Week 6 – The 5 Minds
Howard Gardner, 2007, ‘Minds Viewed Globally: A Personal Introduction’ in Five Minds For the Future, Harvard Business School Press, Boston, ch.1.
It seems that each week these readings delve deeper into the bigger questions in life – this week had an overarching question of where is our society, and planet headed in the foreseeable future?
Psychologist, Gardner this week drew on a scientific perspective to introduce us to “The Five Minds” or the “Five Dramatis Personae” as he put it. He suggested that a person with these five different minds could deal with what is expected, but also what cannot be anticipated. They are applying what is required of everyone to live in a future that functions and co-operates.
The five minds mentioned are as follows:
1: The Disciplined Mind – a mode of cognition, with the skills to perfect any sort of specialization
2: The Synthesizing mind – the ability to not only take in and understand information, but also evaluate its meaning.
3: The Creating Mind – the constant ability to think of new ideas, and conjure new ways of thinking.
4: The Respectful Mind – an understanding of people’s differences, which is essential for productivity.
5: The Ethical Mind – putting others needs before your own is necessary in order to improve the way you, and other people work.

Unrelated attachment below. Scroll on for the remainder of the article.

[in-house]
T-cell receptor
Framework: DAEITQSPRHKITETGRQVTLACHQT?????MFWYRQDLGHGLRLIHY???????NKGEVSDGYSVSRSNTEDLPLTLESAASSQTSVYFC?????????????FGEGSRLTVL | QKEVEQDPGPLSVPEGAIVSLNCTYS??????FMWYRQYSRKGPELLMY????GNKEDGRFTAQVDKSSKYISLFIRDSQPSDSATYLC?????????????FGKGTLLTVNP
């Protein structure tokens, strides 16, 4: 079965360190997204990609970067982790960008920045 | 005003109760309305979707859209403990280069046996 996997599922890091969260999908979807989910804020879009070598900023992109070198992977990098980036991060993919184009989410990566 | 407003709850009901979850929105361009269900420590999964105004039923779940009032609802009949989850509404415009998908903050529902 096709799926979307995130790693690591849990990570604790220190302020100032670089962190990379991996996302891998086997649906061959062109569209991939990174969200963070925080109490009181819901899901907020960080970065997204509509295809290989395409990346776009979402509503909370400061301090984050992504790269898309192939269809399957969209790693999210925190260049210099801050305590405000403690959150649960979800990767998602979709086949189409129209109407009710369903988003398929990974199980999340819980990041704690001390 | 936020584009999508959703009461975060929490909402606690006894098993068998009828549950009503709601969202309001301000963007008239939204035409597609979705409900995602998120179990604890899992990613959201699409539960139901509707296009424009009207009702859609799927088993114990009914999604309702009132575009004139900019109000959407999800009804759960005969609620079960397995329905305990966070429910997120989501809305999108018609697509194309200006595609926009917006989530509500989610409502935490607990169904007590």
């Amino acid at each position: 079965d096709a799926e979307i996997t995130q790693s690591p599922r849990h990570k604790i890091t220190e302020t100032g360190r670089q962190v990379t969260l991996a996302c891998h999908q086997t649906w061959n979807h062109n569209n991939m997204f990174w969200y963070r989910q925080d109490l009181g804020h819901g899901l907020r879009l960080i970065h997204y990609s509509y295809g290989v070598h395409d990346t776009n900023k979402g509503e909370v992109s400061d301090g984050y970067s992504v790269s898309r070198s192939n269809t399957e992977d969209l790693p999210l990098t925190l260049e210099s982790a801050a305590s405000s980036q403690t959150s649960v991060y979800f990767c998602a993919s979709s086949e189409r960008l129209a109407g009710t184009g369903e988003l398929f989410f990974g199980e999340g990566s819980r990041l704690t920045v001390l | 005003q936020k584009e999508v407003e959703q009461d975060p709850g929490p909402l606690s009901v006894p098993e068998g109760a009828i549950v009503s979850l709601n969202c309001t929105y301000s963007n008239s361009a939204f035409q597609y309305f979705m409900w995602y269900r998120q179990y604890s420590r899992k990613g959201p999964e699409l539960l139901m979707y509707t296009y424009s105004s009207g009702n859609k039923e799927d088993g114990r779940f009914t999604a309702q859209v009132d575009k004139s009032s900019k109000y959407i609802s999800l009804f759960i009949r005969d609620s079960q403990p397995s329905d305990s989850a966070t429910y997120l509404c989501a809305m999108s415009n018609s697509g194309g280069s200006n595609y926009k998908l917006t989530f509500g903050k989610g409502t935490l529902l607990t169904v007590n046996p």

These five minds span both the cognitive spectrum and the human enterprise, also focusing on the policy of things rather than the psychology behind them.
Gardner then continues to connect his theory to some interesting points about our future. He believes that the current education system is preparing students primarily for the world of the past, rather than focusing on the possible world of the future. I can understand this – we are taught subjects like history, science and psychology – not that it is at all irrelevant – but they are more the reasons for why things are the way they are, or what has already happened. I think Gardner is suggesting we need to learn more about what might happen in the future. To support this, he also suggested that science can never tell you what to do in class or at work – what you do and how you operate among others has to come from your own value system. In order to do this you must be respectful (or otherwise you are toxic in the workplace), and you must have a number of disciplines in order to meet demands and succeed.